Do you have a dream that you’ve thought about for some time… but you keep not doing anything about? You’re not alone in this, of course, but knowing that other people have also pressed the pause button on their dream doesn’t help you much!

If you don’t really believe you can succeed at something, chances are you feel very lukewarm about getting started with it. And then there’s the effort required to keep following through to completion, despite the inevitable setbacks.

In my opinion, a great deal of procrastination comes from a lack of self-confidence. It seems so easy for others, but difficult for you. “They were born confident, strong and capable,” you think. “It’s easy for them.”

I used to think this way, too, until I started learning from the example of some real life experts.

Let me tell you the story of Oprah Winfrey, for example.

Oprah Makes It Look Easy

Now that Oprah has accomplished so much, it looks as though it was all a piece of cake for her. The truth is very far from that.

Oprah was born in 1954 in rural Mississippi to a poor, unmarried, teenage mother. A very strict grandmother raised Oprah for her first six years. And they were so poor, Oprah often wore dresses made from potato sacks.

Not a promising beginning—and things got worse...

Oprah moved to an inner-city Milwaukee neighbourhood to live with her mother, who worked long hours as a maid. From the age of nine, Oprah was sexually molested by her cousin, her uncle and a family friend. At 13, she ran away from home. At 14, she gave birth to a baby boy; he died a week later.

So as you can see, Oprah had every reason for really low self-esteem.

Of course there were positives in her life as well; no one’s reality is 100 percent darkness.

Her disciplinarian grandmother taught her to read before the age of three. This prepared her for working hard and doing well in school, even winning scholarships despite everything else she had to deal with. And when Oprah was sent to live with her father in Nashville, Tennessee, he made sure she read books and memorized 20 new vocabulary words a week.

And yes, Oprah landed a job doing radio news part-time while still in high school. And she began co-anchoring the local evening news at the age of 19. But her emotional, human style got her into trouble. Plus she was busy trying to be like Barbara Walters.

She says of those days, “I'd go home at night and fill up my journals about how miserable I was and frustrated. Then I'd eat my anxiety.”

Television executives in Baltimore told Oprah she was too big, too black, too engaged, too emotional—too much for the news. None of which can have done much for her self-confidence!

She spent eight years doing a job she was unhappy about. I’m sure you’ll agree that once again, she had every cause for giving up.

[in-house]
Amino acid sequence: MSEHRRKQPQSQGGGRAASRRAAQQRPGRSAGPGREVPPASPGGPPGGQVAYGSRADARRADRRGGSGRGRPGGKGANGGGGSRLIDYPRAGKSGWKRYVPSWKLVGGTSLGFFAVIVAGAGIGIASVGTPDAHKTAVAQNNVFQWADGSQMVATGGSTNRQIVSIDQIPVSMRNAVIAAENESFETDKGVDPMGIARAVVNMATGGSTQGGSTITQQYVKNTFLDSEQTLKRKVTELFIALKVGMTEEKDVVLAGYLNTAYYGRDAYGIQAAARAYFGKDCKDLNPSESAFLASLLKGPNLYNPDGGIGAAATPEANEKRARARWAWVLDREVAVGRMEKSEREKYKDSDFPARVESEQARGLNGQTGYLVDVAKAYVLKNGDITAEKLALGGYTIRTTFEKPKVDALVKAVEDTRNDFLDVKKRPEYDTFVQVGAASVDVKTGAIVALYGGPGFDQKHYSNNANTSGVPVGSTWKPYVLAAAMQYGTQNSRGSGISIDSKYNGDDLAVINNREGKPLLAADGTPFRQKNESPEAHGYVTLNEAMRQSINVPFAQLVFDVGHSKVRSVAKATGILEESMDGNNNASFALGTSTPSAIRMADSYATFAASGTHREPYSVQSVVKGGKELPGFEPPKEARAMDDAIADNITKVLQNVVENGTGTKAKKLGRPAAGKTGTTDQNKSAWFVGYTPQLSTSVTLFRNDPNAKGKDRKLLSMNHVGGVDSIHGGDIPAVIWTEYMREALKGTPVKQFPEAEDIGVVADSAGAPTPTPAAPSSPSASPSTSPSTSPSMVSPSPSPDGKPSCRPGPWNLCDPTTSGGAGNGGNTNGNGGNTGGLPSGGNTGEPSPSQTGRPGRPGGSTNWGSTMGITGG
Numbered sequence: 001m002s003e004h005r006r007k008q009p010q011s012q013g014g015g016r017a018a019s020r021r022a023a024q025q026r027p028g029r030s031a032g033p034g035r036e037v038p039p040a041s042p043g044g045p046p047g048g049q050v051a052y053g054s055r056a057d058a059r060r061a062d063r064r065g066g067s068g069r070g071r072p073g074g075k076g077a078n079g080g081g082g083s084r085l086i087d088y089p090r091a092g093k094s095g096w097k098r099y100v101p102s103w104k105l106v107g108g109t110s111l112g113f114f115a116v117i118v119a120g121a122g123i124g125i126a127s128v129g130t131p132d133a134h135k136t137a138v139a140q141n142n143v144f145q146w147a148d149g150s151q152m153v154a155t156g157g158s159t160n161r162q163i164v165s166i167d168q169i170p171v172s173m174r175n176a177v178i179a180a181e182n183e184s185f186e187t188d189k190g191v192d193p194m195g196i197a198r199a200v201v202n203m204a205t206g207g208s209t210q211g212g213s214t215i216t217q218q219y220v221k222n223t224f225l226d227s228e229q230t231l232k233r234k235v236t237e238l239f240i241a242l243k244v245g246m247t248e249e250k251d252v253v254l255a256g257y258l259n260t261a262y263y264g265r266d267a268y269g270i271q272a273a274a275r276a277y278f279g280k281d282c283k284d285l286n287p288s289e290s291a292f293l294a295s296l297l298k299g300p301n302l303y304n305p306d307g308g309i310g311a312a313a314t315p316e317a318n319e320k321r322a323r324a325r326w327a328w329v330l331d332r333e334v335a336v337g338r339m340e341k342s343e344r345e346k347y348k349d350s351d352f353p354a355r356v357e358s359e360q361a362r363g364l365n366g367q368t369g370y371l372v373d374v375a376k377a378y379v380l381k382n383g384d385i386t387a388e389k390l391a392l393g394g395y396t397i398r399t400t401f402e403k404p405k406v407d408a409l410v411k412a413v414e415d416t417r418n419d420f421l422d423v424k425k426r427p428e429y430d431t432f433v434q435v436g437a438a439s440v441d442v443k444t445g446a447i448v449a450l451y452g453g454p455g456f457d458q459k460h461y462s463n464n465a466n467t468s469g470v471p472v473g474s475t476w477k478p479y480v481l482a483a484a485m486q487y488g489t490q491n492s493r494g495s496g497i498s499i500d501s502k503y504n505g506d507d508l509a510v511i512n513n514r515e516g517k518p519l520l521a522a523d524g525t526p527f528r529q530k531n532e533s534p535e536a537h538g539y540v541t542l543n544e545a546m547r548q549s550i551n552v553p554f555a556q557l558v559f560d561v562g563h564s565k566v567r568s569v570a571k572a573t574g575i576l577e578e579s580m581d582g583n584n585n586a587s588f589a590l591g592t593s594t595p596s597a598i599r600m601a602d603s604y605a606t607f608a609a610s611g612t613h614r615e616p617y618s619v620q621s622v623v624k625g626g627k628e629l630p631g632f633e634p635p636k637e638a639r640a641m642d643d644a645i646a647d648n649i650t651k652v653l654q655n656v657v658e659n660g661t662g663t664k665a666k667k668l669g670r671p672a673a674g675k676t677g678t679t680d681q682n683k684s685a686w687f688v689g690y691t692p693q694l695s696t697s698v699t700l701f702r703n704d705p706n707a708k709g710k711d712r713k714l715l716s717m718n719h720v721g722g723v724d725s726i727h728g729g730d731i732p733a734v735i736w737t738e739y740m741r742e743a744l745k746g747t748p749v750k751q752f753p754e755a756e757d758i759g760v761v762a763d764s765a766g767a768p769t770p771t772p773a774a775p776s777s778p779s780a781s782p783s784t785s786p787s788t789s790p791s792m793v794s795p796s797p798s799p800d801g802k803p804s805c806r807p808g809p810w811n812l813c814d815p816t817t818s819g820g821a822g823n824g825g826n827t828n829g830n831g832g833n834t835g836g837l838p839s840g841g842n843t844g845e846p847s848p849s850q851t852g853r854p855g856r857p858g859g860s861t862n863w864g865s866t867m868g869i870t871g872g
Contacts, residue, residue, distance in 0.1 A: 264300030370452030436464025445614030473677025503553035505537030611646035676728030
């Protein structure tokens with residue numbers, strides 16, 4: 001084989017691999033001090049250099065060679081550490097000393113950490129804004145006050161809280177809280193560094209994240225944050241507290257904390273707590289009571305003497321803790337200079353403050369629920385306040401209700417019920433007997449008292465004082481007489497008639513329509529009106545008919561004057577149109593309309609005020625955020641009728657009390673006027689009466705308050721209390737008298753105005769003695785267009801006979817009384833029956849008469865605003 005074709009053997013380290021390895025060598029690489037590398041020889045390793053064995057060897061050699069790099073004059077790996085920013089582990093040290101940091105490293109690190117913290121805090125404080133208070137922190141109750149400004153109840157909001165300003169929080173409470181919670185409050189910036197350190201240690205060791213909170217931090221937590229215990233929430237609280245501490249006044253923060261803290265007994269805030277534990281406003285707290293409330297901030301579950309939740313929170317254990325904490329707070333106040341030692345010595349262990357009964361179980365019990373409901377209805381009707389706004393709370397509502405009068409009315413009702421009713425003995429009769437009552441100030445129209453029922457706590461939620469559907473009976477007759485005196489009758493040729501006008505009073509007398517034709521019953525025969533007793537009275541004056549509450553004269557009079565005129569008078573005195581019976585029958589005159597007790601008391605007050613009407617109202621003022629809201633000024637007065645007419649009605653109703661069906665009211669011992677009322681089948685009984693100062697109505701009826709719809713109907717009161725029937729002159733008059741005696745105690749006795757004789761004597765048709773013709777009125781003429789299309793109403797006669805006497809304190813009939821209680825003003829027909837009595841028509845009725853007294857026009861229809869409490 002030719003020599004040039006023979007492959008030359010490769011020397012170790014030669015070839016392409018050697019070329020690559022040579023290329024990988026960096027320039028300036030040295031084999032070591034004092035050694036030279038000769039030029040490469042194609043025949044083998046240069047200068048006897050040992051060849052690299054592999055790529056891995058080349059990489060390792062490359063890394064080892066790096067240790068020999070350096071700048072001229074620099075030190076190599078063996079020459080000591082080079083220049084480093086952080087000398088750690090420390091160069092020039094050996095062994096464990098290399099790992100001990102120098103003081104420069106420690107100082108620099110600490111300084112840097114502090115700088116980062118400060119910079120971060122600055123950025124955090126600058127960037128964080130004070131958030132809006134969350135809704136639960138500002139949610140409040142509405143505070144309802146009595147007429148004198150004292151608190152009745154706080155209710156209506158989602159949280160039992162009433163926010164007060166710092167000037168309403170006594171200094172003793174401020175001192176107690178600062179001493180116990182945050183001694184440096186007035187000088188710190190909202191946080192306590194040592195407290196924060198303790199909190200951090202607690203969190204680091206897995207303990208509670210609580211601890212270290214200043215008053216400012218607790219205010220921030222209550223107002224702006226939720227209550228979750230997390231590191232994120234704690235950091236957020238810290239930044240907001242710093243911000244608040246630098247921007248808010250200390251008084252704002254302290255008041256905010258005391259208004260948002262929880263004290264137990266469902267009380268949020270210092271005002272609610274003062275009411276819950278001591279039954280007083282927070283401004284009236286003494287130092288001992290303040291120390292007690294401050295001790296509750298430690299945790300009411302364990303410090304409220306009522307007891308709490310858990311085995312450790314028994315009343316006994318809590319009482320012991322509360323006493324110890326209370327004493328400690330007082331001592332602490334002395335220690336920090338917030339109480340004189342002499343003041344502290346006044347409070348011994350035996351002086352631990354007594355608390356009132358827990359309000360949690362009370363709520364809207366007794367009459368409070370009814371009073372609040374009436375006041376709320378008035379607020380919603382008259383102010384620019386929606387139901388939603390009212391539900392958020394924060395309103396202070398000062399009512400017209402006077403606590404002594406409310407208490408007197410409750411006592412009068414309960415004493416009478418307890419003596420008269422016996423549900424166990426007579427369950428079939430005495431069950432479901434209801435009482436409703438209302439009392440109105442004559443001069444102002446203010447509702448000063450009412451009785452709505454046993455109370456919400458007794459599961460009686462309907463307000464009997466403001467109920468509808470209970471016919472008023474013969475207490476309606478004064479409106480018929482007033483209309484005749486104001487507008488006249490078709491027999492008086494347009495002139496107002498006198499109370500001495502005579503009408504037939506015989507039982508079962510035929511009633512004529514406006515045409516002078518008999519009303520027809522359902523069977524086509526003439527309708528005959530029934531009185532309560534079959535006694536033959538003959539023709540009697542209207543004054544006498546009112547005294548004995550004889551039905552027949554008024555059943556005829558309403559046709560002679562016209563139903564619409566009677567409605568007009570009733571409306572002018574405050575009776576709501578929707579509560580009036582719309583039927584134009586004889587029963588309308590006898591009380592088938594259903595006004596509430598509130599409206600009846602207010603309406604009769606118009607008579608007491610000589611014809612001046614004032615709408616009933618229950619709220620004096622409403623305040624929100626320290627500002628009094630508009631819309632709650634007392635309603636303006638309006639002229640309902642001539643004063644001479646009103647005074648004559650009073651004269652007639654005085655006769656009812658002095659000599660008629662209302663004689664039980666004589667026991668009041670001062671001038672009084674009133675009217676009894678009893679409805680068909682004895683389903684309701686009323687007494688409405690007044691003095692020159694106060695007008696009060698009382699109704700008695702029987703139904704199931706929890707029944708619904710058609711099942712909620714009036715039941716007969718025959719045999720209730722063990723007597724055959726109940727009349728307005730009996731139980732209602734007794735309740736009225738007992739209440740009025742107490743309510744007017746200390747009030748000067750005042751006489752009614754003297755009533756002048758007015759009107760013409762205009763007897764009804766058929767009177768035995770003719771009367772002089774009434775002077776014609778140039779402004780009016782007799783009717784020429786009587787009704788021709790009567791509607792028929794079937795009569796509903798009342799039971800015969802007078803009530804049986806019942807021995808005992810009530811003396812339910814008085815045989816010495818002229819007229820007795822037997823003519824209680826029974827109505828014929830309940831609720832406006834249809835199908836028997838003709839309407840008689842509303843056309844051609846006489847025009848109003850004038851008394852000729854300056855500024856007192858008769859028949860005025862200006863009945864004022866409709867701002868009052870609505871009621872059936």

Eventually she was transferred to an insignificant talk-show spot to finish her contract. Like a plant moved from the shade to the sunshine, at last Oprah found herself in an environment that suited her personality.

Because—and here’s the key—once she realized that pretending to be Barbara Walters wasn't working for her, Oprah never stopped being herself, despite what everyone told her was “wrong” with her.

Your Dream Is Important!

Many philosophers say that the dreams we cherish are an expression of the Universe’s desire for growth and development.

And the next time you catch yourself thinking it’s impossible for you, remember this: Philosophers also say that you wouldn’t have that dream in the first place, if you weren’t capable of making it come true.

So here are three tips to help you get going—and keep going—with your dream:

1. Get it in your head right now that you don’t have to do everything perfectly to succeed. (Oprah’s not perfect. She still struggles with her weight, which only makes us love her all the more!)

2. Praise and congratulate yourself for any and every little success you have. No matter how seemingly tiny. (I recommend doing this by talking to your reflection in the mirror every night before you go to sleep.) This will move you away from self-criticism, otherwise known as shooting yourself in the foot!

3. Write a list of all the ways other people will benefit from you realizing your dream. (This will motivate you by giving you the bigger picture of why it’s important for you to keep going.) Often when it’s just about us, it’s easy to let something drop, but when other people’s well-being is involved we’re more likely to keep going. And you'll be glad you did!

Author's Bio: 

Alexandra Innes is an author and freelance writer with articles published in several countries. A longtime Buddhist practitioner and leader, Alexandra has overcome many trials in her life that she previously thought “impossible.” She is passionate about inspiring and encouraging people through her writing, public speaking and, her life-enhancing quotation site that delivers deliciously inspiring quotes... and more! Check it out!